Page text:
Author: Robyn Schneider
Released: May 26th 2015
Publisher: K. Tegen Books
Length: 336 pages
Source: Publisher for review
From the author of The Beginning of Everything: two teens with a deadly disease fall in love on the brink of a cure.At seventeen, overachieving Lane finds himself at Latham House, a sanatorium for teens suffering from an incurable strain of tuberculosis. Part hospital and part boarding school, Latham is a place of endless rules and confusing rituals, where it's easier to fail breakfast than it is to flunk French.There, Lane encounters a girl he knew years ago. Instead of the shy loner he remembers, Sadie has transformed. At Latham, she is sarcastic, fearless, and utterly compelling. Her friends, a group of eccentric troublemakers, fascinate Lane, who has never stepped out of bounds his whole life. And as he gradually becomes one of them, Sadie shows him their secrets: how to steal internet, how to sneak into town, and how to disable the med sensors they must wear at all times.But there are consequences to having secrets, particularly at Latham House. And as Lane and Sadie begin to fall in love and their group begins to fall sicker, their insular world threatens to come crashing down.Told in alternating points of view, Extraordinary Means is a darkly funny story about doomed friendships, first love, and the rare miracle of second chances.
Extraordinary Means by Robyn Schneider is a well-written contemporary young adult novel that will surely find its place in the hearts of many. It’s a deliberate tear-jerker perfect for those who are chasing a few moments of catharsis.
When a book is repeatedly described as the love child of Looking for Alaska and The Fault in Our Stars, the reader pretty much knows what to expect going in. What’s more, an experienced reader can safely predict the beginning, the middle and the end. The similarities between the three books are undeniable. Schneider rarely strays far from John Green’s proven model, and even when she does, it’s for something that’s hardly important.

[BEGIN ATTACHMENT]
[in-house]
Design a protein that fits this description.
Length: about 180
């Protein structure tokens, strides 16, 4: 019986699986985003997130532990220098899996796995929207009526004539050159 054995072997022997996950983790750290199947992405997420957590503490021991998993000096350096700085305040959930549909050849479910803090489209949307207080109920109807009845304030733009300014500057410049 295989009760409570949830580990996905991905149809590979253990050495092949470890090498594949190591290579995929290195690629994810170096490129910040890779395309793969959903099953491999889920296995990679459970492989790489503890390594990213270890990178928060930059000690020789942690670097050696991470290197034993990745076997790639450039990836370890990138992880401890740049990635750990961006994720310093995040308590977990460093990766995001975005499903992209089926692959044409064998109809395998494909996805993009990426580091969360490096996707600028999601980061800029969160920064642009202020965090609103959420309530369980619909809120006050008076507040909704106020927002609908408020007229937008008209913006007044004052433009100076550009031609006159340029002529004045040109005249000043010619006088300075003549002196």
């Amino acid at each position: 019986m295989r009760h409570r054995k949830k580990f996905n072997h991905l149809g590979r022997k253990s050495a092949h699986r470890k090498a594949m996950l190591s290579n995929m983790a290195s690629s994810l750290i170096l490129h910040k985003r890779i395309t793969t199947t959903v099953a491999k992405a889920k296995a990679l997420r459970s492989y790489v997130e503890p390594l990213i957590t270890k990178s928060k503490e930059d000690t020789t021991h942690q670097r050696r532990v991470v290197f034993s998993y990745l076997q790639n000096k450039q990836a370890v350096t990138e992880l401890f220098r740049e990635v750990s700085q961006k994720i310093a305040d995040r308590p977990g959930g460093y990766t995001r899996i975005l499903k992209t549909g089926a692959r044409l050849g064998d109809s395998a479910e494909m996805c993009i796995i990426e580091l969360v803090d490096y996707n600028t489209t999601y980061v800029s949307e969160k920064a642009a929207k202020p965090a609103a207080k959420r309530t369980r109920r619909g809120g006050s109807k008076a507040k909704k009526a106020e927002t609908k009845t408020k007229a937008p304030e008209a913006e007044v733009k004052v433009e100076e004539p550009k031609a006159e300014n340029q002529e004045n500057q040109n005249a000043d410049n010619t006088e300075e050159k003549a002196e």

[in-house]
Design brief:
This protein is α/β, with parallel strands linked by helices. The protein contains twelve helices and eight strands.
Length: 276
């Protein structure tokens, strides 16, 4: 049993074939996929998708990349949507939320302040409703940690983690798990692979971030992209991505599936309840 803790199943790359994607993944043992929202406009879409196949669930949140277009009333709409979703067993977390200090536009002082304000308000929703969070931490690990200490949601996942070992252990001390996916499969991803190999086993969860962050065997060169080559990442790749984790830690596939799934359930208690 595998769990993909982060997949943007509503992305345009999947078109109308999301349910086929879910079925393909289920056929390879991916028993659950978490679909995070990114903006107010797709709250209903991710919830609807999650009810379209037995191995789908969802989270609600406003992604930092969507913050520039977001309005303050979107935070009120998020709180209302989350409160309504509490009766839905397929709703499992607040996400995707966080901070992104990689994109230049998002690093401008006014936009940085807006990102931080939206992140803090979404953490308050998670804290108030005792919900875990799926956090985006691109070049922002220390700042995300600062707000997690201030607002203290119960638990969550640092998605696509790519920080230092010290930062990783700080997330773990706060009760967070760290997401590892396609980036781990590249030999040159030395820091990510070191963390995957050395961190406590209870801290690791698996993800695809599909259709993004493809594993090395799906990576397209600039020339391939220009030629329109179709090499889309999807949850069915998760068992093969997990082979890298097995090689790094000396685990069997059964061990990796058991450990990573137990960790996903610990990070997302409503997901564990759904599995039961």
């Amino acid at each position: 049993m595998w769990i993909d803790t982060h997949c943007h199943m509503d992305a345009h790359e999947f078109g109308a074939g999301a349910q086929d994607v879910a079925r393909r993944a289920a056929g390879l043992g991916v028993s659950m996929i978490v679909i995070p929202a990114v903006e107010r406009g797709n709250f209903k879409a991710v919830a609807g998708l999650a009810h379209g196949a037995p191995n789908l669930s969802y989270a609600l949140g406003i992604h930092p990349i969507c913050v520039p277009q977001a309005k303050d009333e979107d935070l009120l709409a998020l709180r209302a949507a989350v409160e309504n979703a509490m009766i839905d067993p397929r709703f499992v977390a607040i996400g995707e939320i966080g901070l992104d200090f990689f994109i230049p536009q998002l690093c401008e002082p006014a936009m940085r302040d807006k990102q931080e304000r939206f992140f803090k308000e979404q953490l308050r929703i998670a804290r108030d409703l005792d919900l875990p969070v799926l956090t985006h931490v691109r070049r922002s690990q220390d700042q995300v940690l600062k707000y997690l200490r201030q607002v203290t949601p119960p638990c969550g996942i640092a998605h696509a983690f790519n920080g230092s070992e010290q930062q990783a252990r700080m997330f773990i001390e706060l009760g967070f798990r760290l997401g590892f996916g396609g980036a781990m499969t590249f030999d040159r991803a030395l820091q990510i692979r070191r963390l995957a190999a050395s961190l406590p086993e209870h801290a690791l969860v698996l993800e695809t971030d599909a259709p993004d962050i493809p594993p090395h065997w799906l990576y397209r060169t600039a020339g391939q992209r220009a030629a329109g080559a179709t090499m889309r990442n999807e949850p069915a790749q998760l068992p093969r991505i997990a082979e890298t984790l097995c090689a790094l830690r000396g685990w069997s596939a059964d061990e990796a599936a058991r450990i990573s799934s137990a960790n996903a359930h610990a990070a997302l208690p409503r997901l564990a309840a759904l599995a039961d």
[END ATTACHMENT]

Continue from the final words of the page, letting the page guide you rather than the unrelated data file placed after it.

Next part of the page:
Robyn Schneider, thy name is not John Green. But it might as well be.
So does this book bring anything at all to the table, and if yes, what? Well, for one, there’s the quality of Robyn Schneider’s writing, which is excellent. She does sometimes push the profound a bit too far – I’ve found a few passages that were surely meant to be deep, but that made me laugh instead, and not in a good way. But those were rare, and for the most part, Schneider’s style was gentle and elegant.
As far as characters go, they were well thought-through, but they didn’t really jump out for me like they should have. There were some good sides, though. Although she’s a bit of a rebel, Sadie is a far cry from a manic pixie dream girl, which I actually liked. The simplicity of her character made her seem more real and accessible. Lane is a bit more complex, an overachiever, too serious for his actual age and seemingly socially awkward, at least at first. There’s a bit of history between him and Sadie, an old misunderstanding he was unaware of, but the brief past encounter makes their romance seem less abrupt and far more realistic.
The incurable strain of tuberculosis was a nice touch and a great way to isolate characters. The purpose of this disease and Latham was obvious, but still wonderfully done. For me, that was what made Extraordinary Means worth reading, not the potential heartbreak and not even the romance. But I’m sure both will appeal to so many other readers and with good reason. This is already Schneider’s second novel, but she’s already a force to be reckoned with. I just wish she would find her own, wholly original path.
A copy of this book was kindly provided by the publisher for review purposes. No considerations, monetary or otherwise, have influenced the opinions expressed in this review.